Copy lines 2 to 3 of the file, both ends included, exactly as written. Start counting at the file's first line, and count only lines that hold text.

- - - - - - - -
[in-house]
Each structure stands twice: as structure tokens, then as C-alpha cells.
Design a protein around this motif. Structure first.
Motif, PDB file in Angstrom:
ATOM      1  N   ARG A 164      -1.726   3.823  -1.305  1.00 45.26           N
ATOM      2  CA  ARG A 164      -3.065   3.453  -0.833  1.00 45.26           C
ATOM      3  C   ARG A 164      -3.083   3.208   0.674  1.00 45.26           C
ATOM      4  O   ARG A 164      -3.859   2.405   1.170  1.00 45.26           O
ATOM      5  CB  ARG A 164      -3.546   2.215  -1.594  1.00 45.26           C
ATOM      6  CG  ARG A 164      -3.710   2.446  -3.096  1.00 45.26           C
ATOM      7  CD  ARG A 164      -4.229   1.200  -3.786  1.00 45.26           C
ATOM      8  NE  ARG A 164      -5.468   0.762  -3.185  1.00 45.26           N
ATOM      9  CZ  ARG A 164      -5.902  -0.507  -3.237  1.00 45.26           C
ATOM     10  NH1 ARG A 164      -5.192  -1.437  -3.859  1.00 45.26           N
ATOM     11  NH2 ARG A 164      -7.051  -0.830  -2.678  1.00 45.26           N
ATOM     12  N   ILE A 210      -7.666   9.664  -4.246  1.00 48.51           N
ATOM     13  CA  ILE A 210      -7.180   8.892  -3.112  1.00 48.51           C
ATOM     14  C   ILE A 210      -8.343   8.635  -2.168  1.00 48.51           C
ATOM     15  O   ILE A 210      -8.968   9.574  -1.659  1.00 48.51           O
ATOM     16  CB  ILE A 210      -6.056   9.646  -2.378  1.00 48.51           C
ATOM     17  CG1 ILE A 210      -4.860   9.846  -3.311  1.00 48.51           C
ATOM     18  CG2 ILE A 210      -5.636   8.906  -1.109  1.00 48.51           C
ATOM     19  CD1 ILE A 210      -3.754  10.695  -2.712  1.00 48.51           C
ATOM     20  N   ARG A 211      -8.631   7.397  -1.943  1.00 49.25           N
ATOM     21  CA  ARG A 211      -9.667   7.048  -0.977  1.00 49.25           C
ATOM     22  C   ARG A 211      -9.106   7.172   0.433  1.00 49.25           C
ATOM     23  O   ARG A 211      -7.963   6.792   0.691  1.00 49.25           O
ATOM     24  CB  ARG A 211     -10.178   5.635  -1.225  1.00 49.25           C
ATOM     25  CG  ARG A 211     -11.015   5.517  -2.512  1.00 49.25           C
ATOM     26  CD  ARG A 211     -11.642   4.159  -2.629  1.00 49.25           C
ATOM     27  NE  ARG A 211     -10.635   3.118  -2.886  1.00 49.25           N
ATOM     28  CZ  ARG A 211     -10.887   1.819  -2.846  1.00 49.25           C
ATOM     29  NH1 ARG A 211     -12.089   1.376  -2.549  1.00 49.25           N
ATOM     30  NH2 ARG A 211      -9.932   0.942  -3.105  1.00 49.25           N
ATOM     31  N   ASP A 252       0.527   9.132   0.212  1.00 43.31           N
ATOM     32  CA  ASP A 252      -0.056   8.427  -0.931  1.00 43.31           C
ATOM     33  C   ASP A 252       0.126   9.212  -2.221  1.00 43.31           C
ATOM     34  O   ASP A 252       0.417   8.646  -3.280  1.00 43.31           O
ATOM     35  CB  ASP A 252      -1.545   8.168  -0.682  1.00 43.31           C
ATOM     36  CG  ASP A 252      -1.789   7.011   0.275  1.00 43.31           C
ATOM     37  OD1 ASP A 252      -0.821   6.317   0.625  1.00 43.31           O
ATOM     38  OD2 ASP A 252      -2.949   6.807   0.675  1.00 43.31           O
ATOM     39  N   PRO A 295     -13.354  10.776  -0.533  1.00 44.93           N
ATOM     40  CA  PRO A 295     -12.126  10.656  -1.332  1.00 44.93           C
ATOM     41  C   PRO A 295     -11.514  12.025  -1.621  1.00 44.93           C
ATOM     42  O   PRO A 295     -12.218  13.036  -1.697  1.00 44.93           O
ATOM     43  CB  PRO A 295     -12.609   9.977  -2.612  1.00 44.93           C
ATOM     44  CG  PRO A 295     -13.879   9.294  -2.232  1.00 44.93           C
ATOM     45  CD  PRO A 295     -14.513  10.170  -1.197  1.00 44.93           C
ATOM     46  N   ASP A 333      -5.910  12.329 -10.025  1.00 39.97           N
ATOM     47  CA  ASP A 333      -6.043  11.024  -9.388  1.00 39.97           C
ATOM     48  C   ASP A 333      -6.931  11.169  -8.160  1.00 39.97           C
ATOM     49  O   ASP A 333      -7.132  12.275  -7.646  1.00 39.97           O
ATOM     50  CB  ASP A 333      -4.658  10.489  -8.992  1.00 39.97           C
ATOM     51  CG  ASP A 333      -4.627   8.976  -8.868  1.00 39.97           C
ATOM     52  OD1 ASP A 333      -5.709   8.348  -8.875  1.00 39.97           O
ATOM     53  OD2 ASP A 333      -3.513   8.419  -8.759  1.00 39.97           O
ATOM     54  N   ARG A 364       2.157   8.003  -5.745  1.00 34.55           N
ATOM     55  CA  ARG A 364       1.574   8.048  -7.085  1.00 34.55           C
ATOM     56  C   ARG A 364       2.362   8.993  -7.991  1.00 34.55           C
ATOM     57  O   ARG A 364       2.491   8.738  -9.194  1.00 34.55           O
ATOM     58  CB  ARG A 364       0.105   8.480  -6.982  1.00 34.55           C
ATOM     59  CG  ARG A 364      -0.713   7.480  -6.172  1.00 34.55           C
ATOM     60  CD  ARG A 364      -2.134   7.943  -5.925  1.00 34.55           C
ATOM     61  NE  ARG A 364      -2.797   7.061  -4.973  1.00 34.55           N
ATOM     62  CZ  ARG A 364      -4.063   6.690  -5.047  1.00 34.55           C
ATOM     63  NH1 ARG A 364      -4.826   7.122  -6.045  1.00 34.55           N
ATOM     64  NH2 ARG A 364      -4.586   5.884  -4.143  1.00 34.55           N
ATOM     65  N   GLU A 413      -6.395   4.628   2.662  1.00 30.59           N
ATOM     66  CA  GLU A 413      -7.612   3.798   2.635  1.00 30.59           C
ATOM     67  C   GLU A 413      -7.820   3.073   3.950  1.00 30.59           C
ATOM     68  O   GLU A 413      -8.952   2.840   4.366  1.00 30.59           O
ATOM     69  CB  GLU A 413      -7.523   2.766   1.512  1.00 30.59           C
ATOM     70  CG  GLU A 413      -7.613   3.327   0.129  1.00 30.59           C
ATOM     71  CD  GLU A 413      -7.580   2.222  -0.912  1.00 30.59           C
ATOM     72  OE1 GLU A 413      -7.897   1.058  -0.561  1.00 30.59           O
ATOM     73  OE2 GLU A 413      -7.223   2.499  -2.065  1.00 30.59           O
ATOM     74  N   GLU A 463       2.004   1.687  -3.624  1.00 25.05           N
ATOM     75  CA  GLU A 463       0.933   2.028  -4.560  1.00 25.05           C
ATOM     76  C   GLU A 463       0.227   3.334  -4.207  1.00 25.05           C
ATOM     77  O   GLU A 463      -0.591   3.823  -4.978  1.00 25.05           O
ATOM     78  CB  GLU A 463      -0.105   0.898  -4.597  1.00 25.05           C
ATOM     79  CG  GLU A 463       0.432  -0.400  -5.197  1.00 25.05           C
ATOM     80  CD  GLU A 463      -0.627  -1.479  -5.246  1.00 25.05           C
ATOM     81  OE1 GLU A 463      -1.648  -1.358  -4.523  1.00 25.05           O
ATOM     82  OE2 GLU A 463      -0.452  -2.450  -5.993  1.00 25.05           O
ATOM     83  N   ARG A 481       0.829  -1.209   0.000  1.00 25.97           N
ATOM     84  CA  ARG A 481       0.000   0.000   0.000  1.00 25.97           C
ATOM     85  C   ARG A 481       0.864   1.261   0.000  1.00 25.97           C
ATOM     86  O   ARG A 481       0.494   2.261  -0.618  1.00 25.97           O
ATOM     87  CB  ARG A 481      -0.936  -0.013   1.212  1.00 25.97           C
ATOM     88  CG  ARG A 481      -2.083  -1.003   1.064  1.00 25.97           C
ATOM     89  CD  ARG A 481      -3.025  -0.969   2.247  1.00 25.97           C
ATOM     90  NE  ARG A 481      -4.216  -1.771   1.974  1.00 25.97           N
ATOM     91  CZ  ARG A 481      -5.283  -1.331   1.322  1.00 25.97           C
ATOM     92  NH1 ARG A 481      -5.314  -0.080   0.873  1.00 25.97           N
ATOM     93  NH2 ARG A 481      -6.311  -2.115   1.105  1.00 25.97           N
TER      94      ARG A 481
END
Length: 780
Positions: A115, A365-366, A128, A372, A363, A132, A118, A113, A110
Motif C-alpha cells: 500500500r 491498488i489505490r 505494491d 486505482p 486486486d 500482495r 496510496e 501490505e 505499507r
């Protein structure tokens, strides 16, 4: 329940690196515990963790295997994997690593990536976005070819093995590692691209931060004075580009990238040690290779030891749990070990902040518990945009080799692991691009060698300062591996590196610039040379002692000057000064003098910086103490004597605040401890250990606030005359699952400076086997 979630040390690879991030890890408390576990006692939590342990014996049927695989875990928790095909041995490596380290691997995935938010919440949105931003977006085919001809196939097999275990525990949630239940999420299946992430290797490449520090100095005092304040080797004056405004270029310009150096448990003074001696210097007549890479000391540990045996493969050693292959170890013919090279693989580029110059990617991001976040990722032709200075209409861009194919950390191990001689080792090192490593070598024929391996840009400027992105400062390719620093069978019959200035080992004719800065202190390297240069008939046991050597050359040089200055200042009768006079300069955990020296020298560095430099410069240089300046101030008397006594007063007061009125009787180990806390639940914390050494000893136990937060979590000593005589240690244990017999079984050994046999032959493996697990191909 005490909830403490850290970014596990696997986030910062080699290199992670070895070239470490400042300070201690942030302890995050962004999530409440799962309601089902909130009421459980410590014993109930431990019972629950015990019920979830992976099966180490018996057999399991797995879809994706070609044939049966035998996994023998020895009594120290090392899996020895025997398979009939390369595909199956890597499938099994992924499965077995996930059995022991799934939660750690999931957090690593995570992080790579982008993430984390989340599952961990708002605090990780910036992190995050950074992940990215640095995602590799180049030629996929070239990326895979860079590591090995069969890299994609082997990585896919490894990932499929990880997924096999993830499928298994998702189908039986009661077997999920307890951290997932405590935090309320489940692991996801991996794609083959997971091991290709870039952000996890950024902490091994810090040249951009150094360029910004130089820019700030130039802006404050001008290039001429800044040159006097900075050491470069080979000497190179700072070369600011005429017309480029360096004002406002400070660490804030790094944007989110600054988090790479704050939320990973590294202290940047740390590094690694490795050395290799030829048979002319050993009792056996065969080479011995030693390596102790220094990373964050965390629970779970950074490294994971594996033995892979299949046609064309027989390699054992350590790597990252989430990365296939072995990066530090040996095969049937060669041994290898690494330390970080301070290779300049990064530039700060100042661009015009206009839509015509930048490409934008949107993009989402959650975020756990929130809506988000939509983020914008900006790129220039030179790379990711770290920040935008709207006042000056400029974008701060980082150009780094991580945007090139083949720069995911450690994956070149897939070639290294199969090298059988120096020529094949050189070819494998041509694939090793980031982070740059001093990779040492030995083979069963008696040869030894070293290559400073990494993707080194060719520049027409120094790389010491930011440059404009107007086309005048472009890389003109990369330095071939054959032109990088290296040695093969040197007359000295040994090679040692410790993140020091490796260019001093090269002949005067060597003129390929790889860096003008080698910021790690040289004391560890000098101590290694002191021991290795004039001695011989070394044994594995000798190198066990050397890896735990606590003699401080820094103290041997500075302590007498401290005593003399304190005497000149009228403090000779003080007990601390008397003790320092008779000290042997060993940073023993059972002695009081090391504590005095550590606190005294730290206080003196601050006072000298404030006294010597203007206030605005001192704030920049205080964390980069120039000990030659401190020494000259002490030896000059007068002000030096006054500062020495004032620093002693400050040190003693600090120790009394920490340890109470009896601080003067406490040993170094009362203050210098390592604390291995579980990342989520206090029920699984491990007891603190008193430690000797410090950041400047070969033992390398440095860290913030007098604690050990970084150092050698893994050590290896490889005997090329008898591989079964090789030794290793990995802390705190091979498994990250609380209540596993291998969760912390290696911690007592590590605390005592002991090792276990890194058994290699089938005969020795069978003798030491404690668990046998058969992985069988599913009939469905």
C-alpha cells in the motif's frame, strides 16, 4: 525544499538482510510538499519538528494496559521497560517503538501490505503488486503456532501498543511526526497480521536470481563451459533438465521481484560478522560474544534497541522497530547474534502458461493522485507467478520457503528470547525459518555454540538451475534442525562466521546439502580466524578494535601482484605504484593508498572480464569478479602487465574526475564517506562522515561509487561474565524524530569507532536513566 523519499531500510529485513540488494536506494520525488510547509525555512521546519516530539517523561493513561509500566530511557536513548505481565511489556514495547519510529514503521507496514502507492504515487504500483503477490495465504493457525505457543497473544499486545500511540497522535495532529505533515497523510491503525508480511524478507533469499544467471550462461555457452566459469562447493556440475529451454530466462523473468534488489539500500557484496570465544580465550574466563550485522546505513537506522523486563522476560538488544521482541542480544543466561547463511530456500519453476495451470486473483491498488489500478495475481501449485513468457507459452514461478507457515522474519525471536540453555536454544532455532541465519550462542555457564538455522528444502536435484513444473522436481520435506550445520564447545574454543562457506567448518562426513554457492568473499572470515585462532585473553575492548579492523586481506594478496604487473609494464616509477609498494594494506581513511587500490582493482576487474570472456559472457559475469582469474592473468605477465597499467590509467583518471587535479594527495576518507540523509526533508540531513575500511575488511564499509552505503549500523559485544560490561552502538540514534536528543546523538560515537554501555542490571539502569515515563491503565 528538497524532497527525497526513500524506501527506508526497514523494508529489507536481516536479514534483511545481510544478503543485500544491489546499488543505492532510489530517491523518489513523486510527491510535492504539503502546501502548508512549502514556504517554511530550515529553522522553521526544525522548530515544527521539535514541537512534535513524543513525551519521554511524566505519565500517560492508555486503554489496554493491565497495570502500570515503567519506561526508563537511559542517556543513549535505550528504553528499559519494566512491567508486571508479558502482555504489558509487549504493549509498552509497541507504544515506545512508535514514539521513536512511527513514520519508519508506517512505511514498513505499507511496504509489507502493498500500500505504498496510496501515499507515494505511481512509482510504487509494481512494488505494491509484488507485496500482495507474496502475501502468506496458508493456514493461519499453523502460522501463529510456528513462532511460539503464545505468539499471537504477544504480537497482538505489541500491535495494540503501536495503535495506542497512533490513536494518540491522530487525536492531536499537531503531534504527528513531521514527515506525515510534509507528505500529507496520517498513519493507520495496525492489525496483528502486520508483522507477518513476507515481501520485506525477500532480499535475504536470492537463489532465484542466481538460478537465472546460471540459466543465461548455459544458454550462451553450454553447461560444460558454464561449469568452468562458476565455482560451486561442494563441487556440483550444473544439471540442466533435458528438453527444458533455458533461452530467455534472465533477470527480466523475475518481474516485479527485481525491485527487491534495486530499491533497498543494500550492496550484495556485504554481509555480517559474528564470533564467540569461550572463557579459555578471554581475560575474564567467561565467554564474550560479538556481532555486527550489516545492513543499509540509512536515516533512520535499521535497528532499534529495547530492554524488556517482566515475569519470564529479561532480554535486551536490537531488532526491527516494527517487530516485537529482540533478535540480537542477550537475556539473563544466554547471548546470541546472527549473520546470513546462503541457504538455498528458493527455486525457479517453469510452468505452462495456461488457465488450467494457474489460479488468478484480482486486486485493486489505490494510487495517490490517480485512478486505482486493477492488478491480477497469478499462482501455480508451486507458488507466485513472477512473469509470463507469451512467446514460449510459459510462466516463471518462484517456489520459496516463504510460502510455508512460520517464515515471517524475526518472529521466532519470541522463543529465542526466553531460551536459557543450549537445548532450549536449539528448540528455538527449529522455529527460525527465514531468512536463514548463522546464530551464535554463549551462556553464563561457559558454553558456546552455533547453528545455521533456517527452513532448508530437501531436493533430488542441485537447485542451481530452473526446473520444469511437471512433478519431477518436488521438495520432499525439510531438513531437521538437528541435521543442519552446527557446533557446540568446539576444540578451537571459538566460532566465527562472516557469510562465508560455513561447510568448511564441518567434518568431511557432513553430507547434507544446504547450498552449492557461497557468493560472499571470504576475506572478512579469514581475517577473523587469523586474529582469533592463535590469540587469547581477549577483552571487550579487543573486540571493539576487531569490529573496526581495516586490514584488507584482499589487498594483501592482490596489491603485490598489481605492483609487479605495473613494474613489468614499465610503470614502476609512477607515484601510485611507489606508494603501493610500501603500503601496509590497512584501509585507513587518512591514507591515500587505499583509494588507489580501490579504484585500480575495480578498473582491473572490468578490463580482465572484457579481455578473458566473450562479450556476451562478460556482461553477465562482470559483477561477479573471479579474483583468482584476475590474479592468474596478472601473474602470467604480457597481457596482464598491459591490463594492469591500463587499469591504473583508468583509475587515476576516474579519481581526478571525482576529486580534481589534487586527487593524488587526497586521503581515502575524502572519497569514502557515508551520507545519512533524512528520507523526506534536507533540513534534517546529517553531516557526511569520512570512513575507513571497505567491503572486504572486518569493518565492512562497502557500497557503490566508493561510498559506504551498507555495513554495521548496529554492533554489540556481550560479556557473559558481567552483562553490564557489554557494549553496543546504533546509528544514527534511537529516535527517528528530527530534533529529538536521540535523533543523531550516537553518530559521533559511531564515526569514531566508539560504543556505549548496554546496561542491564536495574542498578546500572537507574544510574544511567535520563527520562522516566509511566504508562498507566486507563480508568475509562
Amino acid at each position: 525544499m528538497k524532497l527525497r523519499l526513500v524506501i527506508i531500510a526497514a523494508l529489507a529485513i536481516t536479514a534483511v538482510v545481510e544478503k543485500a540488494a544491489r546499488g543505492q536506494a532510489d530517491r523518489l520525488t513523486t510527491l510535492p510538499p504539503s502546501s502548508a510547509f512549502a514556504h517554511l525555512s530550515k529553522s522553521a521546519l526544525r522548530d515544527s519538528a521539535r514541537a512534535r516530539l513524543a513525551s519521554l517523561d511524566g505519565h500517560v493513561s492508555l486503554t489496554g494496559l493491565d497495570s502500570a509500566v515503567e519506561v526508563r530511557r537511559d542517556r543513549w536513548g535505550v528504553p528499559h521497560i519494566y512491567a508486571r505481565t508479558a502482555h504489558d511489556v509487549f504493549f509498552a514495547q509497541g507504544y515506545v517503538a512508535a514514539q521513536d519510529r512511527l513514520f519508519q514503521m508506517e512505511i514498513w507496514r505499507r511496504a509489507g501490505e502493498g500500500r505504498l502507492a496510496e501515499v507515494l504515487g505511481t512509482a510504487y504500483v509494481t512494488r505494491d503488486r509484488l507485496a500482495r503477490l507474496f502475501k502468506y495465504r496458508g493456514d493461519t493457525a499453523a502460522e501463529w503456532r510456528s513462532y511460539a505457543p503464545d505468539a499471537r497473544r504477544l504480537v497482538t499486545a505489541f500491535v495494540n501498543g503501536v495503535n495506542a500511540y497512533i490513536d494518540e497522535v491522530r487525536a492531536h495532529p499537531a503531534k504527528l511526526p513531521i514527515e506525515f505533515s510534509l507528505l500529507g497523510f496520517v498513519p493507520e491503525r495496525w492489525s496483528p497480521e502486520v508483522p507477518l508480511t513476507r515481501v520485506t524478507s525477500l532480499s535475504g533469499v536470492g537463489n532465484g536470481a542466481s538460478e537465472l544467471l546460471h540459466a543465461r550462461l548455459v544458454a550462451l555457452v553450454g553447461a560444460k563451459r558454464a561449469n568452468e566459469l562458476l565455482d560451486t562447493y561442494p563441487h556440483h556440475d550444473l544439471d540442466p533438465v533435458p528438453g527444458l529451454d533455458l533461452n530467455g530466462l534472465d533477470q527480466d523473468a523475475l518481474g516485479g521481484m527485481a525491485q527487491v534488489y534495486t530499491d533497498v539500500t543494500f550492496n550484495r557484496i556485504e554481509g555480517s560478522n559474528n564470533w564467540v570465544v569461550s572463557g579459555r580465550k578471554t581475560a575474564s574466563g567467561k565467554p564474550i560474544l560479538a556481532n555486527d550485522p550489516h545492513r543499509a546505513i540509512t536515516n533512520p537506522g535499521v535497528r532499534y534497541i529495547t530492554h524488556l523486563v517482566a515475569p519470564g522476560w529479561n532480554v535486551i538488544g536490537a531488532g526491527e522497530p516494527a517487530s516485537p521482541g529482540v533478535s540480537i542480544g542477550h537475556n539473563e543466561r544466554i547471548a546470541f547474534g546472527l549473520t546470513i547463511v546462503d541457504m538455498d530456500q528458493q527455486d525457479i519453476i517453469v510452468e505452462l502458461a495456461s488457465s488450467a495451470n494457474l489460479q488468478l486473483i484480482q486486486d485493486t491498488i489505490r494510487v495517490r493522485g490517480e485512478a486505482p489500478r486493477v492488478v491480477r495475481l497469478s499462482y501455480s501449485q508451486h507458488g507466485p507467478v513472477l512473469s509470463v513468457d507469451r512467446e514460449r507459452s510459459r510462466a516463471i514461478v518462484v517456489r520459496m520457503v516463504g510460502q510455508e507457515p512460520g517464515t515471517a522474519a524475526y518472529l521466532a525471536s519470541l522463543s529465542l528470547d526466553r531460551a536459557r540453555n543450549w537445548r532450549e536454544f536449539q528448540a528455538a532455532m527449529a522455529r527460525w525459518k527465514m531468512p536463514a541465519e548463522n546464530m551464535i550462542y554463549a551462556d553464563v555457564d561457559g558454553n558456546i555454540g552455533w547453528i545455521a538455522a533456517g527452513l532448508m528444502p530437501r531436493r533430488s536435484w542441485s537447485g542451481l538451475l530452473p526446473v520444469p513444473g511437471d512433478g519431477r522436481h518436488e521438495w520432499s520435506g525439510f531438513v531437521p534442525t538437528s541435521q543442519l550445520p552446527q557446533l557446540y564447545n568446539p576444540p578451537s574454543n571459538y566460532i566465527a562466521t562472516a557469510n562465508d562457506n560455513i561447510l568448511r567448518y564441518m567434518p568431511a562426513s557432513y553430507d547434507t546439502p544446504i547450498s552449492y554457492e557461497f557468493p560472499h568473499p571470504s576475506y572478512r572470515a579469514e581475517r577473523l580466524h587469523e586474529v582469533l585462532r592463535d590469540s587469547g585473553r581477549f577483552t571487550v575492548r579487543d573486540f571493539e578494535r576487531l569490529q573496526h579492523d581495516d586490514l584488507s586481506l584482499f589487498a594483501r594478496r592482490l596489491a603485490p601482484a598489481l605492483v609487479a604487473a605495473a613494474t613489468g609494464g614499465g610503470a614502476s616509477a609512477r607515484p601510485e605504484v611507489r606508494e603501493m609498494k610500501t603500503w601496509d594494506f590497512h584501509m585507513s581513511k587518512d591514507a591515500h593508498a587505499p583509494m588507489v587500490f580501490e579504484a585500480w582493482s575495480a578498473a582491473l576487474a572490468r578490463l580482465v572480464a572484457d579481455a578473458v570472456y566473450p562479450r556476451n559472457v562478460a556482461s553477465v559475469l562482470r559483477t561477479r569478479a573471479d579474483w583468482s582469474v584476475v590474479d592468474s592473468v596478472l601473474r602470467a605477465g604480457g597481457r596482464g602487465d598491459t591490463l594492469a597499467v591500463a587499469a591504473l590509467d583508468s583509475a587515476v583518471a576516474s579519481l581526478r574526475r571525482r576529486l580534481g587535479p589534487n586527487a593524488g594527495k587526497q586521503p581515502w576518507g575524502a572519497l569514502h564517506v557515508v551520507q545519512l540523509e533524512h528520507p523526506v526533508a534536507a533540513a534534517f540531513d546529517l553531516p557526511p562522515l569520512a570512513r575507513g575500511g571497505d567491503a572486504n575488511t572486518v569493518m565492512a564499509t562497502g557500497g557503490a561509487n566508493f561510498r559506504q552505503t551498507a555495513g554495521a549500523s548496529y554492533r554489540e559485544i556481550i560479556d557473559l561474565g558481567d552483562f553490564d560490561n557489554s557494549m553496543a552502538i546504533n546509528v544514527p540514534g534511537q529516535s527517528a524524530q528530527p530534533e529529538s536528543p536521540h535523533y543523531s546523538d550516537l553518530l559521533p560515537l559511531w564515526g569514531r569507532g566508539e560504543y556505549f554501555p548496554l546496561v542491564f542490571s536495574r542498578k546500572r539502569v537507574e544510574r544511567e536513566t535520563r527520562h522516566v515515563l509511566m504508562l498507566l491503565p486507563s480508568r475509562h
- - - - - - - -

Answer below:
Each structure stands twice: as structure tokens, then as C-alpha cells.
Design a protein around this motif. Structure first.